I met Clara halfway to Columbus, Georgia late last night. It was a spur of the moment encounter I so enjoy. I was pulling up into a convenience store's parking lot as she got out of a friend's truck and ran over to greet me. She looked so well, and had gained about twenty pounds. Her cheeks were rosy, and the color had returned to her skin. That old alcoholic pall had been cast away.
"Tell me about your living arrangements," I asked her as we sat in my car, smoking our cigarillos.
"I only have to pay 1/4th of my monthly income for rent," she said. "I got totally lucky in finding that apartment. The waiting list is usually two years for section 8 housing."
"Are you happy?"
"I have good days and bad days," she told me. "I still struggle with the drinking. I had a slip up a few weeks ago."
"I struggle, too," I replied. "So you are not alone. I hate to say it, but we will probably deal with these urges for the rest of our lives."
"It gets easier, though," Clara said with a smile. "My successes build upon themselves."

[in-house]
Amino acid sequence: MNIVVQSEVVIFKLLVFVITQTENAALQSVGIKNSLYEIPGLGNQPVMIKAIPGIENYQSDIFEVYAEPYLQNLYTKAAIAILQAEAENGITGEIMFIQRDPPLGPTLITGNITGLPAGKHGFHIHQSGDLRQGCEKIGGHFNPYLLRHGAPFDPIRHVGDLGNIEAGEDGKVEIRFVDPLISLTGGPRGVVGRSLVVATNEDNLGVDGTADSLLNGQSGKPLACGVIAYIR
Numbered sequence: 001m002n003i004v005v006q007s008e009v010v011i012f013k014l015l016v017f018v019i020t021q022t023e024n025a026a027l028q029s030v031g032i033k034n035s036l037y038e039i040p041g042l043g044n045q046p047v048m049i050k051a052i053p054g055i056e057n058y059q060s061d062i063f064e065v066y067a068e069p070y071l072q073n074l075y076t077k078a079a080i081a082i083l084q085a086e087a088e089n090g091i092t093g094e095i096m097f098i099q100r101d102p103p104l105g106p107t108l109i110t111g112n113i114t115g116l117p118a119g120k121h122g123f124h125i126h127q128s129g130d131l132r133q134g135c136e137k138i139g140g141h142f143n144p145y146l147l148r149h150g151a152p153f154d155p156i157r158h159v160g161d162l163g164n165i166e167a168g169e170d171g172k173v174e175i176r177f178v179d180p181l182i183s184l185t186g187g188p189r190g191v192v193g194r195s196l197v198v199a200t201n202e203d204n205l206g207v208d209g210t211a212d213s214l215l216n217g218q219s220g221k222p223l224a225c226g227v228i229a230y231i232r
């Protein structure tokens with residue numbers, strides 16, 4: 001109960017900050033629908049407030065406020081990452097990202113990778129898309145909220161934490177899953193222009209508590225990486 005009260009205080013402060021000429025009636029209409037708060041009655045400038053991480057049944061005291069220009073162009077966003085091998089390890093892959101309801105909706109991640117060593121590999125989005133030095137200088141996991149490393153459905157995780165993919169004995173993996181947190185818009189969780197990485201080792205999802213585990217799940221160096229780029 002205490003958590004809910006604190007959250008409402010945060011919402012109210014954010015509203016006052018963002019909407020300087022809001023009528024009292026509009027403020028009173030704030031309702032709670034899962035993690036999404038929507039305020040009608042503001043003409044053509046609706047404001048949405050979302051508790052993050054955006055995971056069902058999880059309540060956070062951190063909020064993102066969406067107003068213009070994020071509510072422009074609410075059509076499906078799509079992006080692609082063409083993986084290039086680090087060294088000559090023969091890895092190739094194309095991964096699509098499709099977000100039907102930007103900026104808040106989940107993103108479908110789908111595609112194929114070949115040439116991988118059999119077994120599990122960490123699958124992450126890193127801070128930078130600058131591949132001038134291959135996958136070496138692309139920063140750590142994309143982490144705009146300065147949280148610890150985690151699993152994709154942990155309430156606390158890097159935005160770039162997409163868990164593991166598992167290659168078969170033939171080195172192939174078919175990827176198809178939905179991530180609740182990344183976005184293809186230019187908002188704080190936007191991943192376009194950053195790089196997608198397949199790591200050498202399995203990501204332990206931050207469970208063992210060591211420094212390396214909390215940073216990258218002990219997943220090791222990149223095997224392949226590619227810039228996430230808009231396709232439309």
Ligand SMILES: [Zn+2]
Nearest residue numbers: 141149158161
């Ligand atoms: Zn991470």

"Have you met anyone?" I then asked.
"Just friends," Clara replied. "You know what they say about relationships and being new to sobriety."
"They (AA) tell you to wait about a year."
We talked for a long time about AA. Clara got on to me for not going regularly and she is right. I need to get back to going, but my social phobias have been acting up lately. She seemed so well though -- so full of life and vigor. I was so excited for her. It is going to be a good Christmas, and I promised her I would take her out on a Christmas date in celebration of our sobriety during a time that would usually find us hopelessly drunk. She has come a long way since this summer.
With sadness, I watched as Clara left me to reunite with her friend who had grown impatient. It was a long drive home near midnight as I thought of my once homeless friend. We've both seen and gone through so much in our short lives. I wondered if it was our cross to bear to struggle so. Seeing her gave me hope in that old scourge alcoholism had relented some. That's all we can do is keep hope dear and continue to abstain. One day at a time is all it takes and meeting makers make it. Remind me to get to an AA meeting today. Seeing a sober and happy Clara makes me yearn for the magic you can only find in those meeting halls.